1. Come check out hundreds of awesome coop pages (and a few that need suggestions) in our 2018 Coop Rating Project!

New chickens - country free ranging.. how far will they travel?

Discussion in 'Managing Your Flock' started by TinaK, Feb 14, 2011.

  1. TinaK

    TinaK Songster

    Feb 12, 2010
    Hi Guys,

    Been a while since I posted... i've moved from 'backyard chickens' to now proudly owning a small farm... and I just picked up my first farm chickens [​IMG]

    (left my other babies in town at my parents place! They are now also enjoying the benefits of chicken ownership.... and loving my chickens more than I can imagine [​IMG] .. chickens now go inside onto the hardwood floors and hang out with my parents in the evening!)

    My question is... my new chickens.. If I let them free range straight away... will they hang around? or will they run like all hell for the blue gum plantations that surround my 20 acres!

    Should I lock them up for a few days until they know where 'home' is? and then let them out during the day..

    (they will be locked up at night of course!!)

    I assume I should lock them up for a few days? but I want them free roaming ASAP! (they look like they are in need of some love)

  2. calgal98

    calgal98 Songster

    lock them up for a few days. At night go into the coop and call them and give them some scratch. after a week or two let them loose for a couple hours and call them back with the scratch just before dusk. They will start running for the coop whenever you go there expecting the treat. Works great except for the die hard escapees.
  3. TinaK

    TinaK Songster

    Feb 12, 2010
    chickens locked up in their temp home ... which is very cosy and comfy. Roosting happily!

    I discovered today that one of the poor chookys has only one eye.. seems like it lost its eye some time ago as it is fully healed over. It's only good eye isnt so good either. I'm not sure if it's from being pecked by the other whilst in transit, or if it has another bad eye that's on the way out... I'm sure she will be happier here with me at least (old laying hen from local free range farm)

    I hope to let them out tomorrow.. I don't want to leave them cooped up for too long. They are mature ladies, and used to being free range [​IMG]

    (knowing me, i'll supervise them all day... and stalk them.. and if they stray too far, I'll be on to em!)
  4. Tbird84

    Tbird84 Songster

    May 16, 2010
    Arab, AL
    I've got 3 acres and mine only range 2 of it. Maybe 'cause the back acres butts up to the forest. [​IMG] The first few times I let new ones range, they might be a little confused where they are supposed to sleep, but they figure it out quick. I just pick them up and put them in their own coop and usually they will be there on their own the next night.
  5. TinaK

    TinaK Songster

    Feb 12, 2010
    I am surrounded by a blue gum plantation on 3 sides (Blue gums that are FULL of wildlife too, like koalas and hundreds of kangaroos! and probably foxes.... [​IMG]).

    Supposably the lady who last lived here lost her chickens to foxes if she didn't lock them up at night.... (who doesnt lock their chickens up!!!)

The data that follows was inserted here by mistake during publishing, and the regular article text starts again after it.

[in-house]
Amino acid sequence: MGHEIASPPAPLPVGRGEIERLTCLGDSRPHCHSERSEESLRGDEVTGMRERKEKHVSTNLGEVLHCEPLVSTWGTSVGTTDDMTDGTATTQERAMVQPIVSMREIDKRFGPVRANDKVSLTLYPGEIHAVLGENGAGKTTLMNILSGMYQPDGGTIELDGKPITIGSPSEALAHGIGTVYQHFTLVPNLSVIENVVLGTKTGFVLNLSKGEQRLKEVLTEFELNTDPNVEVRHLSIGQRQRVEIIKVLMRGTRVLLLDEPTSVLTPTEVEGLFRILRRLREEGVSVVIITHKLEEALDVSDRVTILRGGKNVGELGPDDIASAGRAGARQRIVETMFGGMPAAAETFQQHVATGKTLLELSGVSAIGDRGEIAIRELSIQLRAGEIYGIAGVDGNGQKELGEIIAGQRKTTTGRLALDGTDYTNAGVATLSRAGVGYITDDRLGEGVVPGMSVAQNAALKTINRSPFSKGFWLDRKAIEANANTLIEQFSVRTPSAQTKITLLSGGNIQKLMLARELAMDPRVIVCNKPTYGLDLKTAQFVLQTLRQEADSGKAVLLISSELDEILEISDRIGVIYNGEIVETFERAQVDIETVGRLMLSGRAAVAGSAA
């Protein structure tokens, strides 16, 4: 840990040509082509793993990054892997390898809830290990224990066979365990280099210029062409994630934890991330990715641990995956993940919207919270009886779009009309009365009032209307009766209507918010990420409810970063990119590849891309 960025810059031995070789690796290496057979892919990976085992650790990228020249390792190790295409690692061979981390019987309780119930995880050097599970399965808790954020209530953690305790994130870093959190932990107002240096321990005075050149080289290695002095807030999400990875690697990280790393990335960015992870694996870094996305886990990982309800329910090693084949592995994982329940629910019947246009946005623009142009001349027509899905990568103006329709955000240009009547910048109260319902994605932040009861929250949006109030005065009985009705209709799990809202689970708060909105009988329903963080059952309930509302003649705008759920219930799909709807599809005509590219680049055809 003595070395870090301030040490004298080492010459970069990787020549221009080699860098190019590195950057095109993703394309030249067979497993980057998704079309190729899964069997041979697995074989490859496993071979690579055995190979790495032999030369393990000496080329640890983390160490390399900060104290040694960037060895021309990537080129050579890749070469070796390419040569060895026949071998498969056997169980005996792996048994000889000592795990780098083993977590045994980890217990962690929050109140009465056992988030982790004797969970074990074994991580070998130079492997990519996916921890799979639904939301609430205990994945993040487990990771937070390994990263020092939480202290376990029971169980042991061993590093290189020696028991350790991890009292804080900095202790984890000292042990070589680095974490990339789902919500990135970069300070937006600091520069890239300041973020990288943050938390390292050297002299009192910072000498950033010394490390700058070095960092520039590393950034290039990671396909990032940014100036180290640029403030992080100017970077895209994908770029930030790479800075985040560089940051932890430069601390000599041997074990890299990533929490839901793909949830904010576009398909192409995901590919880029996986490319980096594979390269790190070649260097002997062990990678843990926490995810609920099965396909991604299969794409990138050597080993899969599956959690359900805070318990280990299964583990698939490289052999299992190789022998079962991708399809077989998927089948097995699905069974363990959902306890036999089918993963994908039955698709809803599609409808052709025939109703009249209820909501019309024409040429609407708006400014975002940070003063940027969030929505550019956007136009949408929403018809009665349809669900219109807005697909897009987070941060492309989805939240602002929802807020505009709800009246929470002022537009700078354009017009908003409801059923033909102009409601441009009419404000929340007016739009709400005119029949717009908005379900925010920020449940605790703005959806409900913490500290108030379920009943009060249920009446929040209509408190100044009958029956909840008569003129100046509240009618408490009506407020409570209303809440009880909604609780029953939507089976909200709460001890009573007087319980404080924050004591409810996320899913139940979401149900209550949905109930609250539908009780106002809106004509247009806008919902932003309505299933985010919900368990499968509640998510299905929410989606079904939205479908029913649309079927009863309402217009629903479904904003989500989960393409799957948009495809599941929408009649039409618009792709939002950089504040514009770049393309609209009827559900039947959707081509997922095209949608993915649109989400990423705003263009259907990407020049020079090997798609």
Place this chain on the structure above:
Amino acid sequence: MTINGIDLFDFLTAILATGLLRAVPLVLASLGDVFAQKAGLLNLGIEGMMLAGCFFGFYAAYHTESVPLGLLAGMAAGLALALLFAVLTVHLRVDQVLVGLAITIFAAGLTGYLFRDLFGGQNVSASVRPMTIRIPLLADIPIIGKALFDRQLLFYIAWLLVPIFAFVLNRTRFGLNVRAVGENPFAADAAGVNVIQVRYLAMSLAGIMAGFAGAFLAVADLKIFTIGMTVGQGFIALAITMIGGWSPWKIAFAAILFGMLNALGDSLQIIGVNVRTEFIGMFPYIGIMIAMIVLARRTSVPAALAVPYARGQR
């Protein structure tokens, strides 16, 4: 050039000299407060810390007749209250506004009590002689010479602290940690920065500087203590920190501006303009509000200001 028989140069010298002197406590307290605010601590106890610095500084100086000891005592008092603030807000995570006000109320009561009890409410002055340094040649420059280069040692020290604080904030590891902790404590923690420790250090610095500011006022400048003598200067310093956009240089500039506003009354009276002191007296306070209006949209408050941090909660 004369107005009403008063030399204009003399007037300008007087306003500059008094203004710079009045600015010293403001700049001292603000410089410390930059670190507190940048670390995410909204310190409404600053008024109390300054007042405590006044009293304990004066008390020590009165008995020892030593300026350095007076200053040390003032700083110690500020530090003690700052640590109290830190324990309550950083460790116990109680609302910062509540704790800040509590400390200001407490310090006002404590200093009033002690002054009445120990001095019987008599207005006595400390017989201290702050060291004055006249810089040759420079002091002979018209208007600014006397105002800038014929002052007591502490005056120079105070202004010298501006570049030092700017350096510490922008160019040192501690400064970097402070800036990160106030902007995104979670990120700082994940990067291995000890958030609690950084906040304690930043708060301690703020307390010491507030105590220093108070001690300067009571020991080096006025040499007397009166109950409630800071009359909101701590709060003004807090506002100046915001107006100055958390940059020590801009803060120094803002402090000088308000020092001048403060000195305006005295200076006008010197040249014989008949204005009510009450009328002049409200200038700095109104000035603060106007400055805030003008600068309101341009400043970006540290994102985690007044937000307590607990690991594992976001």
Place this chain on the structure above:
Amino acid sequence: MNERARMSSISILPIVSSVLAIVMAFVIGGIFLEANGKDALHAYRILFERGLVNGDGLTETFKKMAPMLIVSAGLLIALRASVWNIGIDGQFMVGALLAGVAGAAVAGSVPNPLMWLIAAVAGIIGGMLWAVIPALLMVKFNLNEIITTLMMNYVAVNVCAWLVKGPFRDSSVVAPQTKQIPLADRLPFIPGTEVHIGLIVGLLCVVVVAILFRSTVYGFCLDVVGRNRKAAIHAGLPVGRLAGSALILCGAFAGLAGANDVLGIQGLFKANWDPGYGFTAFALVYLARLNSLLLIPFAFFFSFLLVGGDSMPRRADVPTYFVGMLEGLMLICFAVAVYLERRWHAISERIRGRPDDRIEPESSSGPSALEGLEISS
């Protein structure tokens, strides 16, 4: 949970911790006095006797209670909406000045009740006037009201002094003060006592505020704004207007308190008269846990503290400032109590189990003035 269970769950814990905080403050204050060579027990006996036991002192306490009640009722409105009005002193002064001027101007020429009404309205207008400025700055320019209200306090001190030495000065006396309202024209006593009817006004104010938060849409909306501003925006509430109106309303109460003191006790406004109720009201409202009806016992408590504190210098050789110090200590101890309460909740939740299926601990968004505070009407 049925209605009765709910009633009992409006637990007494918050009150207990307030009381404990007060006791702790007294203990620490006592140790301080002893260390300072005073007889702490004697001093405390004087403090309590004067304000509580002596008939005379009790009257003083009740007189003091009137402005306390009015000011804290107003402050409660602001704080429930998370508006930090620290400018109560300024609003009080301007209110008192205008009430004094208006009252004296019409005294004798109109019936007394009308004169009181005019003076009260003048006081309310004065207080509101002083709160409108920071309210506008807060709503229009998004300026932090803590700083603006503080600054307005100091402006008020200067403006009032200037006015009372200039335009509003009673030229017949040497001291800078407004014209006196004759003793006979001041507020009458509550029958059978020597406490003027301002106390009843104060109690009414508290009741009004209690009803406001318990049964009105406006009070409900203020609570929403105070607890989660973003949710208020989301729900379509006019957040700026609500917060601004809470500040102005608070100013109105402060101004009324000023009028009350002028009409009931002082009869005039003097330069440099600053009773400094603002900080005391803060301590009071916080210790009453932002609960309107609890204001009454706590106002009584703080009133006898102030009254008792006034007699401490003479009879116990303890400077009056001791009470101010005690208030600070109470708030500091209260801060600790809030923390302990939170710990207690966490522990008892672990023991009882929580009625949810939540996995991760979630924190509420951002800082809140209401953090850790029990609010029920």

I'm about to go and release the 4 chooks from their temp coop where they slept last night! I'm kinda excited, I've been looking forward to getting some chickens again. I missed their happy 'bock bock' noise.

    arms herself with a few slices of bread and heads out the door...... [​IMG]
  6. homeinspectorman

    homeinspectorman In the Brooder

    Mar 24, 2010
    SE Oklahoma, Durant
    I start my new ones out slowly. About two hours before dusk the first three or four days I let them out. Once I feel that they know where “home” and their roost is I start letting them out for longer periods. Usually takes less than seven days before all of us are comfortable with free ranging all day.
  7. Mrs. K

    Mrs. K Crowing

    Nov 12, 2009
    western South Dakota
    Not always do foxes or any other predator prey at night I would suggest a good tight run, if you start getting predator problems. I have found the most effective schedule is NOT to do the same thing everyday. Somedays, I let mine free range, somedays I let them out late afternoon, somedays I keep them locked in the run/coop. by mixing it up, I have better luck out witting the predators, and still letting mine free range. If predators come to the conclusion that there is always an easy meal, they hang pretty close by. I had a coon who left a note to leave BBQ sauce, he was tired of them plain![​IMG]

    I have a ranch, nearest neighbor is more than 3 miles away, and my chicken's do not leave the building area by much, they tend to stay not too far from the run/coop. MrsK

  8. taimenz

    taimenz Hatching

    Aug 18, 2009
    I only have seven hens one rooster. I used to have three guinea hens that i got rid of. I own an acre and a half in an area where everyone owns an acre and a half or more across the street is woods. All the lots are heavily wooded and my chickens free range. When its cold out the hang around the coop more, but when i had the guinea hens they used to follow those birds far. One day i was walking into the adjacent piece of woods to deer hunt and saw my chickens and guinea hens together in a big oak ridge scratching for bugs about 400 yards from the house. Now that the guinea hens are gone they dont do that anymore. The back acre of my property is fenced with 5' cattle fence to keep my dogs in that the chickens can fly over and they don't even go over the fence now they stay inside of it.

BackYard Chickens is proudly sponsored by